Just as the title suggests. I’m watching a PBS show called Chefs A’ Field and there are a bunch of guys fishing in Alaska at a remote location. There are bears all around them (brown and black). The bears come within feet of the boats and there are cubs involved. To make the image complete, the fisherman are pulling in the bears favorite food (salmon) and dangling the object of their desire just in front of the boat.
I’m going with tax-funded stupid-human tricks. What say you?
Idiots. Speaking as someone who’s gone fishing in bear country often, and who was once in charge of giving bear safety certification training to USFS summer interns (who were almost-universally from urban areas a minimum of 500 miles from the closest non-captive bear), those guys are asking for trouble. Brown bears in particular are often very, very aggressive (assuming the bears on the show are actually brown bears as opposed to brown-colored black bears), more so when cubs are involved. Granted, during a salmon run the bears typically have enough food around to be considerably less likely to take a run at humans (and also less aggressive on average), but it’s still a phenomenally poor idea. That is not a safe area for experimentation, if you see what I mean.
Of course, the apparent nearness of the bears might be a legacy of creative photography or some such thing.
Kodiak Island, so the brown bears where “Kodiak” bears no less.
We were fishing along the banks of this river that was fed from a lake that led to the spawning grounds. Because of the waterfall coming from the lake, the Fish and Game had built a fish ladder to help the salmon get up to the lake. At the bottom of the ladder was this large pool where the salmon would congregate before they figured out where the entrance to the ladder was. It was the closest the bears had to “fish in a barrel”. We spent hours at this overlook watching the bears fish each day (better than TV !).
You weren’t allowed to fish within 100 yds of the pool, so we would hike down stream to fish. The bears would either take their usual routes around us to the pool, or wade upstream right in front of us on their way to the pool. Some would fish along the way, but most headed to the pool for the easier picking.
Yes, your heart would stop each time one would come by. We’d go through our drill and make sure the bear was aware of our presence. At most we’d get a quick glance, and then they’d move on. After a while, we realized 1) they were far more interested in the fish, and 2) could really give a crap about us.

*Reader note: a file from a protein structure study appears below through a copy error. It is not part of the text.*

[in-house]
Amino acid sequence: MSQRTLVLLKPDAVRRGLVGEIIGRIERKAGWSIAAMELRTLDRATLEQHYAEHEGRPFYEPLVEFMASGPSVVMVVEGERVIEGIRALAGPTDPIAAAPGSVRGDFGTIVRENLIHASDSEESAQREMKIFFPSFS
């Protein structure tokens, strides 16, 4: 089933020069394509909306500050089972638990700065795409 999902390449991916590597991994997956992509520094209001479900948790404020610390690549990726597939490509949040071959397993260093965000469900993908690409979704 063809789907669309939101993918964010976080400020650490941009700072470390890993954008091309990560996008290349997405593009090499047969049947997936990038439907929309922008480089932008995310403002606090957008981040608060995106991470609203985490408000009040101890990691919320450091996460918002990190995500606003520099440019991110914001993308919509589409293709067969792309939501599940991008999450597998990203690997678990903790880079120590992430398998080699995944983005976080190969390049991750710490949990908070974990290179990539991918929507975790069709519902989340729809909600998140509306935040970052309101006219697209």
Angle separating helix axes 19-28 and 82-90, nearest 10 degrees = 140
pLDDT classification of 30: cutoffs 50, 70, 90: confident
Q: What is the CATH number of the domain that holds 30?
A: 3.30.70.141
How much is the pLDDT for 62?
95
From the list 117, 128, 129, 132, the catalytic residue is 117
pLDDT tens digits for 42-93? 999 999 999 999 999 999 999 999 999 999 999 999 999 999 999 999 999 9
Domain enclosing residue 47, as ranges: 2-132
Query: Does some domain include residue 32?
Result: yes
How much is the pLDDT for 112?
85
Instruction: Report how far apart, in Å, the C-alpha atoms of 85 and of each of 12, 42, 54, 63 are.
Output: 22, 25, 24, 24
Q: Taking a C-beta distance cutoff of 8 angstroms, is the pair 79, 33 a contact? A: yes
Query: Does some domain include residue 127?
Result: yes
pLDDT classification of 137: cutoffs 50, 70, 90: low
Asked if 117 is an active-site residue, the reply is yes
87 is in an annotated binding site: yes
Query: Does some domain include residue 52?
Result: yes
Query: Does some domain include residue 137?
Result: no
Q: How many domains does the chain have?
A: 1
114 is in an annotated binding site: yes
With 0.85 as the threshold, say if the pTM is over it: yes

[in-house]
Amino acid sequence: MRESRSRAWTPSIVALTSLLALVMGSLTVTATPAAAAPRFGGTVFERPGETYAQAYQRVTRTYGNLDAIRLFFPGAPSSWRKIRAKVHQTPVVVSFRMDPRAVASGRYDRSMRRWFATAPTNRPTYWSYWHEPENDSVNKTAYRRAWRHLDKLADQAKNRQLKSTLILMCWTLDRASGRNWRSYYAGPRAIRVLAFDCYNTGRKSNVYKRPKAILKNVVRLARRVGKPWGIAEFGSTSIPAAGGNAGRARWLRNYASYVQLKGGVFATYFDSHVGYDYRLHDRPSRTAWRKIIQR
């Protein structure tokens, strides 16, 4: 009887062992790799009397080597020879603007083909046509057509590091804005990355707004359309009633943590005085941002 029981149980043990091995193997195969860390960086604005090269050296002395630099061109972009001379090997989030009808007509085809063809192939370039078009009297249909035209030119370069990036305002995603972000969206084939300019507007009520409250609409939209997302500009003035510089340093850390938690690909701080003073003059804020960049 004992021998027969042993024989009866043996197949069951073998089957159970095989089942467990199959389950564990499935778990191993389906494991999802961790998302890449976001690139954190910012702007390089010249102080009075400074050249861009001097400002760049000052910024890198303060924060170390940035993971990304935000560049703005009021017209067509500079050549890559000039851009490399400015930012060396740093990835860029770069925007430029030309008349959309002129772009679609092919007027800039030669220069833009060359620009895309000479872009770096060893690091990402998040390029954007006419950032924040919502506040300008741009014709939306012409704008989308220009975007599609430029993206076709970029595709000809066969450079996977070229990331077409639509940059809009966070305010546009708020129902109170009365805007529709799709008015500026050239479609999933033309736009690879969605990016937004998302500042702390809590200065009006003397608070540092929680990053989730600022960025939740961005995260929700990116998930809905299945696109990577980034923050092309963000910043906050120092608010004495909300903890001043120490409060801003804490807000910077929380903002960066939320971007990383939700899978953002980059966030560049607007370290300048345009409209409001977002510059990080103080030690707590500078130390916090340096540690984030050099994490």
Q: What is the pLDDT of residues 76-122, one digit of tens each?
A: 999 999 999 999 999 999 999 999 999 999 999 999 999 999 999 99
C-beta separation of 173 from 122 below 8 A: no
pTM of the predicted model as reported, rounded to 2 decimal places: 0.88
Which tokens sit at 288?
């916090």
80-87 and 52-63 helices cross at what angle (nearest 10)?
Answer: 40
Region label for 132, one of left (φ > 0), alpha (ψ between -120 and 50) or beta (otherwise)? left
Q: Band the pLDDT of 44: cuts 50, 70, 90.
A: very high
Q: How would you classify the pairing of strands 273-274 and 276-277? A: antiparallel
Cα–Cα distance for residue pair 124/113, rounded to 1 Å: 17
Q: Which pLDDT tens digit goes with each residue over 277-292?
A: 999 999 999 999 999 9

The most stressful part was hiking back to camp with our catch. You’d be waving (prize) smelly snacks about as you made your way around blind corners and stuff. So that part wasn’t too fun.
Our scariest encounter was when these two cubs (approx. 3 year olds) decided to check us out. They were still too young to fish (or too scared), so they let mom do all the work. They were heading back to wherever, when the cubs saw us, and veered off the path. The thought of the cubs was not as scary as the thought of a pissed off mom thinking we might be a threat to her cubs. So along with the normal drill, we also huddled together and started to consider jumping into the river as a means of escape (the cubs were still somewhat afraid of the water, it seemed. We’d seen this family a number of times before). As things got hairier, the mom suddenly noticed her cubs not following her, and she went after them. It was almost comical - it was like we could see the cartoon-like “thought bubble” over her saying “what are those idiots up to now ??? !!!” Once she got to them, the cubs quickly swung around and fell back in line following her.
Which is probably why so many bears flout the law and fish with eggs on a bottom-weighted drift line. And as soon as they figure out how to keep their claws from catching on the loops, they’ll start tossing gillnets too. Fucking bears.